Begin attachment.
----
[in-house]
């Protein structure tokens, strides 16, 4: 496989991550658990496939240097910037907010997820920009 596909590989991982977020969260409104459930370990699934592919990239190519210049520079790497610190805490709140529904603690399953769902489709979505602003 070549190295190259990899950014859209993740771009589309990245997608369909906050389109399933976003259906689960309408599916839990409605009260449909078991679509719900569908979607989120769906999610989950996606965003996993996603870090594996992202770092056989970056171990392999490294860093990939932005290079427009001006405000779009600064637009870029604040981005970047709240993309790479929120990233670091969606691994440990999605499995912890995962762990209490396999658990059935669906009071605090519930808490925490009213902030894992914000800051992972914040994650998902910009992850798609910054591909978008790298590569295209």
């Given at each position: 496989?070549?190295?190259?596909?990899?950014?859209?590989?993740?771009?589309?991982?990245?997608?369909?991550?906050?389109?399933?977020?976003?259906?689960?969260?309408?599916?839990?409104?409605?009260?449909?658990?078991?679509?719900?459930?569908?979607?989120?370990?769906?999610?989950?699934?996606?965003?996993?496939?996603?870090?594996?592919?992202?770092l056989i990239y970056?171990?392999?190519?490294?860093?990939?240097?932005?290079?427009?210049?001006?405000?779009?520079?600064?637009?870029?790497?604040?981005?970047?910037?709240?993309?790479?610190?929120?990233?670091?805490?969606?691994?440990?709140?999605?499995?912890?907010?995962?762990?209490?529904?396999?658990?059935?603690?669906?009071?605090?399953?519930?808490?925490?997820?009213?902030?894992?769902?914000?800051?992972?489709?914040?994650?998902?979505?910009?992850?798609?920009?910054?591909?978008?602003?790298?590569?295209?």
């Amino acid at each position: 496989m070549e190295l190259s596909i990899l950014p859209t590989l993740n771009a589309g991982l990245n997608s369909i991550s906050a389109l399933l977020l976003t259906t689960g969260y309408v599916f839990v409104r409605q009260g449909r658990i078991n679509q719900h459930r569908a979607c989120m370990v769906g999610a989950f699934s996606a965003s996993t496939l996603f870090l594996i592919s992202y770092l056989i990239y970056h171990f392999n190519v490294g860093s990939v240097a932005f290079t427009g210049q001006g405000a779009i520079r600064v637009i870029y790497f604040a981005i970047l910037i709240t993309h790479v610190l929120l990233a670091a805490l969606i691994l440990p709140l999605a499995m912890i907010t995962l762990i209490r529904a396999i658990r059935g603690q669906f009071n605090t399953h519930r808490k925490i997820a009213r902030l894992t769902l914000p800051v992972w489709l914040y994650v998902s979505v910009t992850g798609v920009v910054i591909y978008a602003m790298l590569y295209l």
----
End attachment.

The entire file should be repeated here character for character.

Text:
[in-house]
């Protein structure tokens, strides 16, 4: 496989991550658990496939240097910037907010997820920009 596909590989991982977020969260409104459930370990699934592919990239190519210049520079790497610190805490709140529904603690399953769902489709979505602003 070549190295190259990899950014859209993740771009589309990245997608369909906050389109399933976003259906689960309408599916839990409605009260449909078991679509719900569908979607989120769906999610989950996606965003996993996603870090594996992202770092056989970056171990392999490294860093990939932005290079427009001006405000779009600064637009870029604040981005970047709240993309790479929120990233670091969606691994440990999605499995912890995962762990209490396999658990059935669906009071605090519930808490925490009213902030894992914000800051992972914040994650998902910009992850798609910054591909978008790298590569295209």
């Given at each position: 496989?070549?190295?190259?596909?990899?950014?859209?590989?993740?771009?589309?991982?990245?997608?369909?991550?906050?389109?399933?977020?976003?259906?689960?969260?309408?599916?839990?409104?409605?009260?449909?658990?078991?679509?719900?459930?569908?979607?989120?370990?769906?999610?989950?699934?996606?965003?996993?496939?996603?870090?594996?592919?992202?770092l056989i990239y970056?171990?392999?190519?490294?860093?990939?240097?932005?290079?427009?210049?001006?405000?779009?520079?600064?637009?870029?790497?604040?981005?970047?910037?709240?993309?790479?610190?929120?990233?670091?805490?969606?691994?440990?709140?999605?499995?912890?907010?995962?762990?209490?529904?396999?658990?059935?603690?669906?009071?605090?399953?519930?808490?925490?997820?009213?902030?894992?769902?914000?800051?992972?489709?914040?994650?998902?979505?910009?992850?798609?920009?910054?591909?978008?602003?790298?590569?295209?």
């Amino acid at each position: 496989m070549e190295l190259s596909i990899l950014p859209t590989l993740n771009a589309g991982l990245n997608s369909i991550s906050a389109l399933l977020l976003t259906t689960g969260y309408v599916f839990v409104r409605q009260g449909r658990i078991n679509q719900h459930r569908a979607c989120m370990v769906g999610a989950f699934s996606a965003s996993t496939l996603f870090l594996i592919s992202y770092l056989i990239y970056h171990f392999n190519v490294g860093s990939v240097a932005f290079t427009g210049q001006g405000a779009i520079r600064v637009i870029y790497f604040a981005i970047l910037i709240t993309h790479v610190l929120l990233a670091a805490l969606i691994l440990p709140l999605a499995m912890i907010t995962l762990i209490r529904a396999i658990r059935g603690q669906f009071n605090t399953h519930r808490k925490i997820a009213r902030l894992t769902l914000p800051v992972w489709l914040y994650v998902s979505v910009t992850g798609v920009v910054i591909y978008a602003m790298l590569y295209l």